Mouth-to-mouth Lands Massachusetts Cat on Its Feet!

Freddy Grant was just walking along Route 202 in Peterborough Wednesday, Sept. 14th, when he was hit by a car and severely injured.

Thanks to an experienced emergency responder being in the right place at the right time, Freddy was quickly rushed to the hospital and is in stable condition.

Freddy is actually Lillian Grant’s cat, a 3-year-old rescue and a favorite of her late husband Jim.

“He shouldn’t have been on Route 202; he never goes over there,” she stated. “Something must have chased him.”

Freddy, the Grant family cat, was hit by a car and revived with mouth-to-mouth.

Freddy, the Grant family cat, was hit by a car and revived with mouth-to-mouth.


The accident occurred at approximately 9:30 p.m. in front of the TD Bank just south of Route 101.

The person who was in the right place at the right time? Nathan Grant, Lillian’s son, who is also a firefighter.

“I saw the cat in the road and thought, ‘Oh my God, that’s my mom’s cat!’,” he stated.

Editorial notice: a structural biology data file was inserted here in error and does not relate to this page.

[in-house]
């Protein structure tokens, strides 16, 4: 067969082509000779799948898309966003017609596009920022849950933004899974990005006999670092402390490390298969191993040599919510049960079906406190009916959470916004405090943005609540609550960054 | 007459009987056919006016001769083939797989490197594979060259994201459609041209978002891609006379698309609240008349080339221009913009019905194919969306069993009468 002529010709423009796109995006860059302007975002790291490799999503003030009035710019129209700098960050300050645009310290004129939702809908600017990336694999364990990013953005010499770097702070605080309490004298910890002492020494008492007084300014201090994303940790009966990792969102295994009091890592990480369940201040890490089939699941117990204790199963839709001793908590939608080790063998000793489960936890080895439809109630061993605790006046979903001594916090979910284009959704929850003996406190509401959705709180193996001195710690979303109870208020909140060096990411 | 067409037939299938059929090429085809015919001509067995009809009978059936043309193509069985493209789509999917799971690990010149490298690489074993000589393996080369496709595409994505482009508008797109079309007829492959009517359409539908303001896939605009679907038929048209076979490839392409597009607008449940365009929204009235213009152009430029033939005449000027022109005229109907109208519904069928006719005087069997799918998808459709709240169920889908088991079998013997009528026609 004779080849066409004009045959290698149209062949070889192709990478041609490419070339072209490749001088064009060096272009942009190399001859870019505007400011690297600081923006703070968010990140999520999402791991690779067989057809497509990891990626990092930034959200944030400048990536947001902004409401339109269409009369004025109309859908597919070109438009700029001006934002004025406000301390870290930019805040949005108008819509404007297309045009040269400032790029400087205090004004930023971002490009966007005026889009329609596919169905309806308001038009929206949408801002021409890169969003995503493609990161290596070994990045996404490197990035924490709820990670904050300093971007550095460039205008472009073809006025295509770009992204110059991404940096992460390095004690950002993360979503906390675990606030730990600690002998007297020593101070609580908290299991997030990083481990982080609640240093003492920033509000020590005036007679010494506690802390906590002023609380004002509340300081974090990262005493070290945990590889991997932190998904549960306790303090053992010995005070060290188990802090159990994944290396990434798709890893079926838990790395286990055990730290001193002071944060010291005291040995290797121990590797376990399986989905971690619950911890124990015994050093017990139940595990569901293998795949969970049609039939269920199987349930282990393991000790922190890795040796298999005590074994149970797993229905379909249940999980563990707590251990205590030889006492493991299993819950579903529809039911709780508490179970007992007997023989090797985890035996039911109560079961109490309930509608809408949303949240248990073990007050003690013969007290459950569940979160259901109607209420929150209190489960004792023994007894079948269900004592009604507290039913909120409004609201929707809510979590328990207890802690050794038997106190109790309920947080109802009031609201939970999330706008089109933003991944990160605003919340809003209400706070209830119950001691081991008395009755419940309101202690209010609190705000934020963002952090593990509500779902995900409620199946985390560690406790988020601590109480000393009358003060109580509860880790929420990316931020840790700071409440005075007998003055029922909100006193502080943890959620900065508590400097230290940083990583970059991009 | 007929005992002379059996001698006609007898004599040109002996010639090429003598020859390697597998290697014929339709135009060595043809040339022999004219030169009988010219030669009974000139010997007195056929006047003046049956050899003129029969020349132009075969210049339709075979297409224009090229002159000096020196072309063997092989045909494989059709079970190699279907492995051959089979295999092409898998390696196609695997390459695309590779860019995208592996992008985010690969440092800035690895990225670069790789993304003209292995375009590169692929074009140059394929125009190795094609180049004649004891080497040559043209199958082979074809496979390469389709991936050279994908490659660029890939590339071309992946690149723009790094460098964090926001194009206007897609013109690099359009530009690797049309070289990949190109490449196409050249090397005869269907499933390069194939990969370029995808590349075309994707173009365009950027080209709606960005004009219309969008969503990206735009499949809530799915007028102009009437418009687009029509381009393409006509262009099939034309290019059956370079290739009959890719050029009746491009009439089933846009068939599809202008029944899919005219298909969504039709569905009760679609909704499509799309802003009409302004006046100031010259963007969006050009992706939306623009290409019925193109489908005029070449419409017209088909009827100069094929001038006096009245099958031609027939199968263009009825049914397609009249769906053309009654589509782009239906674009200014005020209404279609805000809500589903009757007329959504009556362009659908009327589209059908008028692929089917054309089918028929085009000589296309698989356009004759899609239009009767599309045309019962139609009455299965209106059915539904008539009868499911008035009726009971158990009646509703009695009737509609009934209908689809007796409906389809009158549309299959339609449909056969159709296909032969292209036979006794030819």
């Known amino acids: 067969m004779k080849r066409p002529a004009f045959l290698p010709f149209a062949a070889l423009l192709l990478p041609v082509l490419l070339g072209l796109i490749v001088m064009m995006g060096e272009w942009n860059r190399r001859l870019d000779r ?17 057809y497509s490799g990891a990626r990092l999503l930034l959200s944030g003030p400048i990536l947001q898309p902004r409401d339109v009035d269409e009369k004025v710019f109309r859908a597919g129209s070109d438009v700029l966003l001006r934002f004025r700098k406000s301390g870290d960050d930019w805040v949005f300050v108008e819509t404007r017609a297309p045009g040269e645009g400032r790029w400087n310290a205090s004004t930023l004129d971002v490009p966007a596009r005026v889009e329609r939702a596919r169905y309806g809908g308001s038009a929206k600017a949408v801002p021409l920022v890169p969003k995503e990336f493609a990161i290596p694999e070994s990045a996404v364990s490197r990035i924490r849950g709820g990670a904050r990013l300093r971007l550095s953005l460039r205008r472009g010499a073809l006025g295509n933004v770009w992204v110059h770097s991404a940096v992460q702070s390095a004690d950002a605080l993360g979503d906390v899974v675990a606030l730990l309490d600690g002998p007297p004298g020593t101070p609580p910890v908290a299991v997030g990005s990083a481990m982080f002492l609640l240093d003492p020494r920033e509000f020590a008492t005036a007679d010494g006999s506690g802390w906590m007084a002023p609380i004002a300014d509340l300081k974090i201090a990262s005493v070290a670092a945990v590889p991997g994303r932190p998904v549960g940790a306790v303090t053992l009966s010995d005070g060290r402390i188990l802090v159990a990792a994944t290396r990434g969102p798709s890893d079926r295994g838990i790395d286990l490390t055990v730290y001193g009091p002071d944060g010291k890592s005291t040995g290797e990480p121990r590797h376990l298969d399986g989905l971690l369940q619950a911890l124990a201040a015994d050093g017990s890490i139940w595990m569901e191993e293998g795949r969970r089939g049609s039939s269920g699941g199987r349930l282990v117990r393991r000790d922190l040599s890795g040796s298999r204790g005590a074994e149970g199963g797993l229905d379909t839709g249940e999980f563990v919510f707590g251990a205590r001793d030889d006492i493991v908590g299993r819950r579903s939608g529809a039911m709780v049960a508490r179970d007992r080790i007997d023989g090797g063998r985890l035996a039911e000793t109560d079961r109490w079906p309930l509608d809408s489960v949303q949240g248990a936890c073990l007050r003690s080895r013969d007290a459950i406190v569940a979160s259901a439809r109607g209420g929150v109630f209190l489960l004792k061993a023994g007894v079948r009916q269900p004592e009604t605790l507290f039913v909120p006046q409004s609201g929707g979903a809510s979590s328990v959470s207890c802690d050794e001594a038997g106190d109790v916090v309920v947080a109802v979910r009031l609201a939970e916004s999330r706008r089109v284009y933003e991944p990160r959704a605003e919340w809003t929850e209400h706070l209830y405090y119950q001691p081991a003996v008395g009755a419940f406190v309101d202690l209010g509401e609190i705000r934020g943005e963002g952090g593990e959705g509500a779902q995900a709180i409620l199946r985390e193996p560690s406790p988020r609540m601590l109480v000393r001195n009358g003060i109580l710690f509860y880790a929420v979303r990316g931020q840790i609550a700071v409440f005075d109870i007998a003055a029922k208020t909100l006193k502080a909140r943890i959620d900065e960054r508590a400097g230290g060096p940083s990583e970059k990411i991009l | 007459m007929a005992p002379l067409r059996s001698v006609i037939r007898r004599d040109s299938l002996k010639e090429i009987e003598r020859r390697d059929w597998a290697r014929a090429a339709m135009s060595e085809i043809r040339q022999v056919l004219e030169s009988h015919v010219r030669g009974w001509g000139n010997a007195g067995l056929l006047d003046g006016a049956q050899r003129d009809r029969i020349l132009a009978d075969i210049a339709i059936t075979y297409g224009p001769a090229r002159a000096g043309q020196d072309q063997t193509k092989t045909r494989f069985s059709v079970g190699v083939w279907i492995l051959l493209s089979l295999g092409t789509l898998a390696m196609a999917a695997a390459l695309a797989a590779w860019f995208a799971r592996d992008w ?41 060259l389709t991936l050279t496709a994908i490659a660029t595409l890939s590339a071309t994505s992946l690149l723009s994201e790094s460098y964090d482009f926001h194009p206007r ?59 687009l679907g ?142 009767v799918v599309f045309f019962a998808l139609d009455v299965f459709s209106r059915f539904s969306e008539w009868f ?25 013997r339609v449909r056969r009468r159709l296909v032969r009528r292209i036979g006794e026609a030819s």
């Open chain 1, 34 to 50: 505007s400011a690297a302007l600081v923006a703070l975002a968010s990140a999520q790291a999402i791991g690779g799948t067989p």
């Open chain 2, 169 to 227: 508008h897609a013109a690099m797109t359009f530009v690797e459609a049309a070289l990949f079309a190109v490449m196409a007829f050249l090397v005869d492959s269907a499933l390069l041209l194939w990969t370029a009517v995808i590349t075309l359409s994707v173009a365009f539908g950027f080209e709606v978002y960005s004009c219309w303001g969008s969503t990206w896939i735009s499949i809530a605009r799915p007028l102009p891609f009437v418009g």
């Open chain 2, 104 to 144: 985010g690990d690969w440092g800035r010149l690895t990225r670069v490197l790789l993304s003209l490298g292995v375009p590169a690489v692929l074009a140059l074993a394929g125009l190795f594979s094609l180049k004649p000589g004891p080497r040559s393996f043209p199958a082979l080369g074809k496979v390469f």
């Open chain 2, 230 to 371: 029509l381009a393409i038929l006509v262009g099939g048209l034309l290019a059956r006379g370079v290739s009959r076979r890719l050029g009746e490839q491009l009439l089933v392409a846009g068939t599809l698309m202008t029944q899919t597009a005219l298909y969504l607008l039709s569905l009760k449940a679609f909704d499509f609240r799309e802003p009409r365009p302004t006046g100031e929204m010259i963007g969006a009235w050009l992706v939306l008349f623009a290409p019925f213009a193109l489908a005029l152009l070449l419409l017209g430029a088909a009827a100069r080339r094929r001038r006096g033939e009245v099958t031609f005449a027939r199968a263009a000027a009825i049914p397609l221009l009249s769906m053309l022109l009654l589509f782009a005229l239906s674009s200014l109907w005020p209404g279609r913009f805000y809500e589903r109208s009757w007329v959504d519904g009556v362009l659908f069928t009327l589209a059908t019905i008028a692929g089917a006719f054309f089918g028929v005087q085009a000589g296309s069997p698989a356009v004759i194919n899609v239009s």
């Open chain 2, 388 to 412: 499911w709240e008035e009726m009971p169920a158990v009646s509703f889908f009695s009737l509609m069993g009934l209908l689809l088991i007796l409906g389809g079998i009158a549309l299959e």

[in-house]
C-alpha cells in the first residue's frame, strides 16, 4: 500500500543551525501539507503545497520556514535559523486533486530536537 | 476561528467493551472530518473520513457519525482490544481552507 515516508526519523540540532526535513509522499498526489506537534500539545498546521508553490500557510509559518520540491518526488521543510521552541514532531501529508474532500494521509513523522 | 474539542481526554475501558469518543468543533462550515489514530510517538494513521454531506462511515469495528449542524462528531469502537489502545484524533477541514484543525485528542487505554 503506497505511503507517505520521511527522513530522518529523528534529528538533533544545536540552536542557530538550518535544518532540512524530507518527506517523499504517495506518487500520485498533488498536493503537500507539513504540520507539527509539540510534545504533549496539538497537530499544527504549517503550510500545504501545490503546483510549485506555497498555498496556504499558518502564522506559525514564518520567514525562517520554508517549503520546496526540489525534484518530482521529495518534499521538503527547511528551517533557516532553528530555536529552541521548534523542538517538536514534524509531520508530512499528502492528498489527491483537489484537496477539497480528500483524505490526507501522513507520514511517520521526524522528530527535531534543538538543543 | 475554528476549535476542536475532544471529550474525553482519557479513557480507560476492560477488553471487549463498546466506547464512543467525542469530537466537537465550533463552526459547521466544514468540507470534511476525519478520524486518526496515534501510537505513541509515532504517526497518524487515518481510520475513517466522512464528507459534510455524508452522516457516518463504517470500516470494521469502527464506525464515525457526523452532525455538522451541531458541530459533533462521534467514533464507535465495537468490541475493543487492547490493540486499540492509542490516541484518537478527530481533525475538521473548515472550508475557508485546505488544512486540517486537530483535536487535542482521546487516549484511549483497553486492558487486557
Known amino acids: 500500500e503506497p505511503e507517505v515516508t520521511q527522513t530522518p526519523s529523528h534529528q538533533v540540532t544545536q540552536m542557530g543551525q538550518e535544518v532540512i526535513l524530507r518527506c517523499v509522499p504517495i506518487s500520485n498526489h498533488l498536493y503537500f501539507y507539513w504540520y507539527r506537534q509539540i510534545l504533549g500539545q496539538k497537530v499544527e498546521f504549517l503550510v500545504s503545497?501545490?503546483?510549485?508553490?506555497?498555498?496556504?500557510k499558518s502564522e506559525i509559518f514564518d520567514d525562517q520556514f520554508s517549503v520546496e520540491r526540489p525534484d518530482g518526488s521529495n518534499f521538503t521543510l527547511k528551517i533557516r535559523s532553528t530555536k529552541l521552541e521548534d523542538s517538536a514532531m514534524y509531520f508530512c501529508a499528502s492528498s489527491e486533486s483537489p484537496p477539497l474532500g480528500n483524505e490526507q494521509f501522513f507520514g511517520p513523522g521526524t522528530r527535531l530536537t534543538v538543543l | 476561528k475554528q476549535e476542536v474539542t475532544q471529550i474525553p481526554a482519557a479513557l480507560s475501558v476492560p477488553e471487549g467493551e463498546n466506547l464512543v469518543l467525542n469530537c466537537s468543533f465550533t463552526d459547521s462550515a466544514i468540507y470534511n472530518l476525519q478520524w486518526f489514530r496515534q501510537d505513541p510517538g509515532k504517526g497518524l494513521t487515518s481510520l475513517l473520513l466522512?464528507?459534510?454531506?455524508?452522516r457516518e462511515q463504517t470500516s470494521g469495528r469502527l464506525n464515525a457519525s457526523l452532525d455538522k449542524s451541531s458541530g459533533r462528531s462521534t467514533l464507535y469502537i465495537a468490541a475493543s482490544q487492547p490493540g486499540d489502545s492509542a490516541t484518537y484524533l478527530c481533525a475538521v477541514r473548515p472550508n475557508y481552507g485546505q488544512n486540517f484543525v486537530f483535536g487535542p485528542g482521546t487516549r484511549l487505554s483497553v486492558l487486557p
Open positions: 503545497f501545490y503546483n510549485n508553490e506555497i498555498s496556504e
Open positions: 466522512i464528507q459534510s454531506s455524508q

He explained how he remembered from his emergency medical training that you can perform CPR on a baby with the nose and mouth at once and gave it a try on the cat.

“I could fit the cat’s whole mouth and nose in my mouth and performed rescue breathing for 45 minutes at the way to Westminster, Massachusetts,” he said.

The mouth-to-mouth is what saved Freddy’s vey life.

He went on to receive more treatment in the 24-hour emergency center at Wachusett Animal Hospital. He was also suffering from “bruises on his belly, a broken tail, and cuts – he must have been attacked – and cuts on his legs and neck,” stated Lillian.

He did end up needing some stitches but was expected to be home within a few days.

“He’s coming home,” stated Nathan.

He went on to say that he cannot believe someone would just hit a cat and not stop to check if it is all right or find the owner.

“My mom was devastated,” he remarked. “It’s like her boy.”

The Grants picked out Freddy at the Swanzey Humane Society back aroundtwo years ago.

“Jimmy loved him,” Lillian stated.

She acknowledges that traffic and predators are a huge part of the risk of letting a pet stay outside.

“Surely he won’t be an outdoor cat anymore,” she stated.

Way to go, Nathan!